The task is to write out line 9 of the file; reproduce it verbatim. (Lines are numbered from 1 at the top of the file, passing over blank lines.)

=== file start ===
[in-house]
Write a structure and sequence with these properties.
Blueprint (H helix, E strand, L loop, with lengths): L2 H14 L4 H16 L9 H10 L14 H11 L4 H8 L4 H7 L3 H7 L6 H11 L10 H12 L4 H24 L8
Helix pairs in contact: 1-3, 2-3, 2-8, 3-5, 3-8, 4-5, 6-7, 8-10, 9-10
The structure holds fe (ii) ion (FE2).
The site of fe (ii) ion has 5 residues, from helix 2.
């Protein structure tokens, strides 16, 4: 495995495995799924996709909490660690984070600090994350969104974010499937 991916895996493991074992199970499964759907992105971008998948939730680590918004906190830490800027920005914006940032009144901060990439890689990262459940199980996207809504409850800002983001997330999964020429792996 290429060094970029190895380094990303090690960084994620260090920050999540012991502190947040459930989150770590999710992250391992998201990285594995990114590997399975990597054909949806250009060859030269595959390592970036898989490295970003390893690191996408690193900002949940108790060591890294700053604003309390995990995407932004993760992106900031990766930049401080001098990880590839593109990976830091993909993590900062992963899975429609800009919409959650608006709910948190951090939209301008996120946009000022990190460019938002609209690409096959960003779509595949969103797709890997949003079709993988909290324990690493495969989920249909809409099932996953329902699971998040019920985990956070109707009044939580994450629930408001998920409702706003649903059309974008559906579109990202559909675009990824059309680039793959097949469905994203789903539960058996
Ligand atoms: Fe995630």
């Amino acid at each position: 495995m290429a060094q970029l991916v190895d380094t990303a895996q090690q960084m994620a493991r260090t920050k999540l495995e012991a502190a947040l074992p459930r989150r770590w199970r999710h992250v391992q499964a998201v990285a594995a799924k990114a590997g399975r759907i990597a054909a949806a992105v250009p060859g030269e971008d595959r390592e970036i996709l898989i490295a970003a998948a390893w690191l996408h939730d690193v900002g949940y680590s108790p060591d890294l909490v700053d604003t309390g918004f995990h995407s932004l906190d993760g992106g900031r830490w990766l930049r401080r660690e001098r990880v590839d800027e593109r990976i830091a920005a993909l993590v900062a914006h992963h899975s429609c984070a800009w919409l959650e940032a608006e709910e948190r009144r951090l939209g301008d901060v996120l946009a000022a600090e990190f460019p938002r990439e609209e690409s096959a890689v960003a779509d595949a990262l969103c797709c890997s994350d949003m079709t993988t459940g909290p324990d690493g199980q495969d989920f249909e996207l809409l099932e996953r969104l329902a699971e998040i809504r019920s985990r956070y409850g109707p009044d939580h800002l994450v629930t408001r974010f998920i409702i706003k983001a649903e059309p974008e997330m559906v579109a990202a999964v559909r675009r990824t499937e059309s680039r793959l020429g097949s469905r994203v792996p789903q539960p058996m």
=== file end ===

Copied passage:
């Amino acid at each position: 495995m290429a060094q970029l991916v190895d380094t990303a895996q090690q960084m994620a493991r260090t920050k999540l495995e012991a502190a947040l074992p459930r989150r770590w199970r999710h992250v391992q499964a998201v990285a594995a799924k990114a590997g399975r759907i990597a054909a949806a992105v250009p060859g030269e971008d595959r390592e970036i996709l898989i490295a970003a998948a390893w690191l996408h939730d690193v900002g949940y680590s108790p060591d890294l909490v700053d604003t309390g918004f995990h995407s932004l906190d993760g992106g900031r830490w990766l930049r401080r660690e001098r990880v590839d800027e593109r990976i830091a920005a993909l993590v900062a914006h992963h899975s429609c984070a800009w919409l959650e940032a608006e709910e948190r009144r951090l939209g301008d901060v996120l946009a000022a600090e990190f460019p938002r990439e609209e690409s096959a890689v960003a779509d595949a990262l969103c797709c890997s994350d949003m079709t993988t459940g909290p324990d690493g199980q495969d989920f249909e996207l809409l099932e996953r969104l329902a699971e998040i809504r019920s985990r956070y409850g109707p009044d939580h800002l994450v629930t408001r974010f998920i409702i706003k983001a649903e059309p974008e997330m559906v579109a990202a999964v559909r675009r990824t499937e059309s680039r793959l020429g097949s469905r994203v792996p789903q539960p058996m």